Whereas, the gravamen of the offense punished by B.P. Blg. 22 is the act of making and issuing a worthless check; that is, a check that is dishonored upon its presentation for payment. It is designed to prevent damage to trade, commerce, and banking caused by worthless checks. In Lozano v. Martinez, this Court declared that it is not the nonpayment of an obligation which the law punishes. The law is not intended or designed to coerce a debtor to pay his debt. The thrust of the law is to prohibit, under pain of penal sanctions, the making and circulation of worthless checks. Because of its deleterious effects on the public interest, the practice is proscribed by the law. The law punishes the act not as an offense against property, but an offense against public order. The prime purpose of the criminal action is to punish the offender in order to deter him and others from committing the same or similar offense, to isolate him from society, to reform and rehabilitate him or, in general, to maintain social order. Hence, the criminal prosecution is designed to promote the public welfare by punishing offenders and deterring others.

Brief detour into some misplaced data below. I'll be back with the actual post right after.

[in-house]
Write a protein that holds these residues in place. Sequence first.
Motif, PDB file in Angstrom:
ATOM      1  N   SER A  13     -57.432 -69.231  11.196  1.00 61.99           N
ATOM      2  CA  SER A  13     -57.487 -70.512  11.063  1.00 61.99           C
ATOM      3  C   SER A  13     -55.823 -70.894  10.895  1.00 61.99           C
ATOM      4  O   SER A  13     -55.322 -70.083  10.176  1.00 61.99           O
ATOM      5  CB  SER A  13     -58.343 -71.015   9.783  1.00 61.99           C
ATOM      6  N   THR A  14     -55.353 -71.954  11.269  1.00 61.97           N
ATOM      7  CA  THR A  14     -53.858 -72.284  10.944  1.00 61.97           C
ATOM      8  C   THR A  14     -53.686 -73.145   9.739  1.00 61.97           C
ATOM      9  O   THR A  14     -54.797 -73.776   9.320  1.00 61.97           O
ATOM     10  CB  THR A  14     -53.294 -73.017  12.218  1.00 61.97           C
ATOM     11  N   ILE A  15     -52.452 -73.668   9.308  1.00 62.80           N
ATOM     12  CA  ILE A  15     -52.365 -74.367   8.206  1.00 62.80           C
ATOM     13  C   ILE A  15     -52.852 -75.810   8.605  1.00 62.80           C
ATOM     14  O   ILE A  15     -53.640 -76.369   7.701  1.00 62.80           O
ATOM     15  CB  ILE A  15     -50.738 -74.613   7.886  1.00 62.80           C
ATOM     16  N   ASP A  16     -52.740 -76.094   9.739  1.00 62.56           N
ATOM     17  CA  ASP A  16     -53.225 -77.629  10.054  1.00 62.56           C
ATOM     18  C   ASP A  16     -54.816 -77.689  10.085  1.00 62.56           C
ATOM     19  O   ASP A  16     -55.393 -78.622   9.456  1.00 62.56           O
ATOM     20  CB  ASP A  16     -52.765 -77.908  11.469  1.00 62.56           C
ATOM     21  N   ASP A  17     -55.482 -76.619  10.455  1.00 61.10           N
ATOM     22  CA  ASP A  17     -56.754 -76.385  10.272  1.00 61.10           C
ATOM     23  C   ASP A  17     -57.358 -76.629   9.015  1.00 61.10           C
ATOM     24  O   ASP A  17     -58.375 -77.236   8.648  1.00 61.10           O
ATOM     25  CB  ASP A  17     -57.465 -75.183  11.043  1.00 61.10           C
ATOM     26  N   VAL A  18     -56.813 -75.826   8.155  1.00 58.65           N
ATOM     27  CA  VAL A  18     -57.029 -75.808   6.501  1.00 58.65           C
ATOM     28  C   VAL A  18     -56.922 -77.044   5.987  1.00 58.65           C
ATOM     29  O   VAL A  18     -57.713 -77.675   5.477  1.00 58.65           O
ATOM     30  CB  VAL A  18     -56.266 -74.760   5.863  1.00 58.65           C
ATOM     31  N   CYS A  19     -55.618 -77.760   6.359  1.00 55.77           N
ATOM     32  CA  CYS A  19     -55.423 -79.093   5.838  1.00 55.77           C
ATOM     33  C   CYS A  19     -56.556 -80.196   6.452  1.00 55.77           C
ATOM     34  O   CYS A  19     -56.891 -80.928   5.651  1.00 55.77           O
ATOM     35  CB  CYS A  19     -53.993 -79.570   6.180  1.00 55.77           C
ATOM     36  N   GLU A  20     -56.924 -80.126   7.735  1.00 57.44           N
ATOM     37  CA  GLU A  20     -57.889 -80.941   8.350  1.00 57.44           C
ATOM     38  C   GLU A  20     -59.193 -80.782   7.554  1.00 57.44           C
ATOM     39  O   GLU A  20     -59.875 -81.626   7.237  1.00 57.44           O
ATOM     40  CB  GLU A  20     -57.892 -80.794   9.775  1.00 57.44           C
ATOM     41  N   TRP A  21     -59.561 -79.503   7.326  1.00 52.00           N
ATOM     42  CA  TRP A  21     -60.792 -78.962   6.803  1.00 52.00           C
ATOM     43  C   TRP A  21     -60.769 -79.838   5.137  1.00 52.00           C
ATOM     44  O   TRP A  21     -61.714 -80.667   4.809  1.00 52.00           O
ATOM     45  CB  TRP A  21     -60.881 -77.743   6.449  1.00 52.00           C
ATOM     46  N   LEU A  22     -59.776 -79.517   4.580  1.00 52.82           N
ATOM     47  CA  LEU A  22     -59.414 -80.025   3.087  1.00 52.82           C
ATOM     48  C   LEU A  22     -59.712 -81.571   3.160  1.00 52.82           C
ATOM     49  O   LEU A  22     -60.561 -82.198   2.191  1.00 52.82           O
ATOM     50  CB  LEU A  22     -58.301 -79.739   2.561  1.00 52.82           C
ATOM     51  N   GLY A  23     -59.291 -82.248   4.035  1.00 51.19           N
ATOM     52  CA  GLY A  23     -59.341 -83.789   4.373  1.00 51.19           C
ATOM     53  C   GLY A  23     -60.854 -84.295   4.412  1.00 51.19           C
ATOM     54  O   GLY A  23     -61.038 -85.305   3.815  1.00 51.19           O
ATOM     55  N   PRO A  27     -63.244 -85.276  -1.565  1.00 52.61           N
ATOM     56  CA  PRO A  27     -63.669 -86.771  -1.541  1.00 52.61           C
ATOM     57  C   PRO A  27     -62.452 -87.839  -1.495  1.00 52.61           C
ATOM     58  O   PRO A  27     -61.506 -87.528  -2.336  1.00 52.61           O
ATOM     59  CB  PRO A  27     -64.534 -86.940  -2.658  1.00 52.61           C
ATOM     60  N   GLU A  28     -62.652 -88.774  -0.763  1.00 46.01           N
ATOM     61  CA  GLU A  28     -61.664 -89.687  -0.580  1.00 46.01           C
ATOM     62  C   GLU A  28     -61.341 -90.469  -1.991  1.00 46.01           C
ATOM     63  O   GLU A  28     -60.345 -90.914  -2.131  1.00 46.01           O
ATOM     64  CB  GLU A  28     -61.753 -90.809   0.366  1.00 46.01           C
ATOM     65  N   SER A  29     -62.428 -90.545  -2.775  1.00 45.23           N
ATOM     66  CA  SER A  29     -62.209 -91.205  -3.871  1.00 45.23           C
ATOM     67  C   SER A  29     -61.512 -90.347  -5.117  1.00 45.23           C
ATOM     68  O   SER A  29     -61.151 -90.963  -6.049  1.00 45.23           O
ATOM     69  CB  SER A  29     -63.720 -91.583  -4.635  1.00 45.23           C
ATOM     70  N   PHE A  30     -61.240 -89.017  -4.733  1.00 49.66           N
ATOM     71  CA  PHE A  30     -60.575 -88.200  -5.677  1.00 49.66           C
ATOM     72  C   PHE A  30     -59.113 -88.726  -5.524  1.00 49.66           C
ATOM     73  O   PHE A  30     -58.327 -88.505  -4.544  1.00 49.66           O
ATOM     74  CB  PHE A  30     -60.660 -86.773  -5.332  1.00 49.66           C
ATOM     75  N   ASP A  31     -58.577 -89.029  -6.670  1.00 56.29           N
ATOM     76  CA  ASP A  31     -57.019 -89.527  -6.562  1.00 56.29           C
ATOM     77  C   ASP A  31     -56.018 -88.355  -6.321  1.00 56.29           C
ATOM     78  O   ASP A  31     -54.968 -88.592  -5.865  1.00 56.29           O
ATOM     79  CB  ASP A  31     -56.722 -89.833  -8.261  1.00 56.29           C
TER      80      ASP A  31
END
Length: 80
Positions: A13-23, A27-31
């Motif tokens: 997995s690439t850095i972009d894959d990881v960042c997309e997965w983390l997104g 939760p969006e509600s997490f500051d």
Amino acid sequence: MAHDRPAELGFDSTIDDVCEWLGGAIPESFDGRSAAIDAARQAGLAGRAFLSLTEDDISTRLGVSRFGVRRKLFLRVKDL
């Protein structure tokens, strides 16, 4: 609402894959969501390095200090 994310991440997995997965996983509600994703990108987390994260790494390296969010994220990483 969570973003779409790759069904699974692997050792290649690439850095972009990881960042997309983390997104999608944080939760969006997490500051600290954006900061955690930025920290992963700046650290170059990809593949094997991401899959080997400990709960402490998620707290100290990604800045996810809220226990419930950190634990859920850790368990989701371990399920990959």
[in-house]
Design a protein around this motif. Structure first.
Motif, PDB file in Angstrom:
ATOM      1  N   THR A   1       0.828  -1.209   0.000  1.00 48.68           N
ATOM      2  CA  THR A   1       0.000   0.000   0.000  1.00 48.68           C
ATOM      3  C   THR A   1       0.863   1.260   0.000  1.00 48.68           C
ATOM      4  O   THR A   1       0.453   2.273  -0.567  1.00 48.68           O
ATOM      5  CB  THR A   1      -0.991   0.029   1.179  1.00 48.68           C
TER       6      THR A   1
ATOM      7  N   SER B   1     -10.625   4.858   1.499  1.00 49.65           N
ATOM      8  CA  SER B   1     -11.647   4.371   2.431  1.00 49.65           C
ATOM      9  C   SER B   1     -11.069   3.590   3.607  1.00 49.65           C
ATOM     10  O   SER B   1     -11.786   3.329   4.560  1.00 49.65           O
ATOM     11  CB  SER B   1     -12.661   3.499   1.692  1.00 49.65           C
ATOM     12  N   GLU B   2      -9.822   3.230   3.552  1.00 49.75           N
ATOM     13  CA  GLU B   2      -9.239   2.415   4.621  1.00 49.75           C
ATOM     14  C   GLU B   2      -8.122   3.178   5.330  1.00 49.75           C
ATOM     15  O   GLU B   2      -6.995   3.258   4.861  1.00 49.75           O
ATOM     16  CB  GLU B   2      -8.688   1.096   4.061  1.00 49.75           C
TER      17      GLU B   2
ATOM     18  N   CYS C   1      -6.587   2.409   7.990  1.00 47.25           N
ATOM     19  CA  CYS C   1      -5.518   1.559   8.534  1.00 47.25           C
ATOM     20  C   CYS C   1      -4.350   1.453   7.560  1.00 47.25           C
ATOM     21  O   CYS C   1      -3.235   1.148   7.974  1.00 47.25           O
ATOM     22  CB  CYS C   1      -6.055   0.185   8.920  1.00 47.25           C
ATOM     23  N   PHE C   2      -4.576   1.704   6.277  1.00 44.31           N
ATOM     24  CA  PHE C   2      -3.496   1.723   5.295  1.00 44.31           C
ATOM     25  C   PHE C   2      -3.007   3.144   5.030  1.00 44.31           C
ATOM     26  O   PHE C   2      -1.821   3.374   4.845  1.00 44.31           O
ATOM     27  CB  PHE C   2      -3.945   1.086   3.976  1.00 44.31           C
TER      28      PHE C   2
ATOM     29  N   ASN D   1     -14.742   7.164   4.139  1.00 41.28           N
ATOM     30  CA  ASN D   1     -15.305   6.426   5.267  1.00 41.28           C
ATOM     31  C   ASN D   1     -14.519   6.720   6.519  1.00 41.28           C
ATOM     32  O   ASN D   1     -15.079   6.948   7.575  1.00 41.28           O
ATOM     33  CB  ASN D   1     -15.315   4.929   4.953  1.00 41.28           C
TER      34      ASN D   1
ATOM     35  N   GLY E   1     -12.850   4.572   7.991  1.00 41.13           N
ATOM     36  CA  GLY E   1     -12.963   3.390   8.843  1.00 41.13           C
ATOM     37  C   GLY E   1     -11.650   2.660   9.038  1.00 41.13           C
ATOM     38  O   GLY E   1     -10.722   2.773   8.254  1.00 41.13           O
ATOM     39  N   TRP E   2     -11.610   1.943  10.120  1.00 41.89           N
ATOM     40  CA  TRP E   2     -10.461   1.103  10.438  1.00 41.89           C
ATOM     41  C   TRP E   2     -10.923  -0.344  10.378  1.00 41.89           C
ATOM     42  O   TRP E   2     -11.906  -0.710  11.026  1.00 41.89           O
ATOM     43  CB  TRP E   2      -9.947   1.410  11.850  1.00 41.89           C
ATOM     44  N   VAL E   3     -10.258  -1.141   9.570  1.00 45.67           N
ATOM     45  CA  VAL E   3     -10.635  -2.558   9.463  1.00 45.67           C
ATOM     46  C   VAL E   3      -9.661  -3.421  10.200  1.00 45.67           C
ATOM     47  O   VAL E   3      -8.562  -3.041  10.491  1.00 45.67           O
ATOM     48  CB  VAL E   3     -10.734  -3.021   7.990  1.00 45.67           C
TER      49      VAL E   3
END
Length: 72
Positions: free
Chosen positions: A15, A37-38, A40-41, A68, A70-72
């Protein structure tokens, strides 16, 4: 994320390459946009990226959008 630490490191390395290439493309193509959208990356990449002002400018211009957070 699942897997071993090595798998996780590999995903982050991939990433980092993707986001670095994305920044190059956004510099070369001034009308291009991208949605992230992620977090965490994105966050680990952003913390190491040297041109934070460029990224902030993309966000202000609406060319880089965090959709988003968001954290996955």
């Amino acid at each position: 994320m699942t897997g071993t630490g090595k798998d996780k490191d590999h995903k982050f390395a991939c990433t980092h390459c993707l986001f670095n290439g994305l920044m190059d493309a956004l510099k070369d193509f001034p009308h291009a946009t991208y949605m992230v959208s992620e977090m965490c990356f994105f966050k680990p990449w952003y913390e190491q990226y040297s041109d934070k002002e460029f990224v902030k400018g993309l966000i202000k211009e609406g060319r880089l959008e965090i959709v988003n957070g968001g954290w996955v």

Consequently, the filing of the case for violation of B.P. Blg. 22 is not a "claim" that can be enjoined within the purview of P.D. No. 902-A. True, although conviction of the accused for the alleged crime could result in the restitution, reparation or indemnification of the private offended party for the damage or injury he sustained by reason of the felonious act of the accused, nevertheless, prosecution for violation of B.P. Blg. 22 is a criminal action. (Emphasis supplied.) The CA furthermore cited Tiong in this wise:17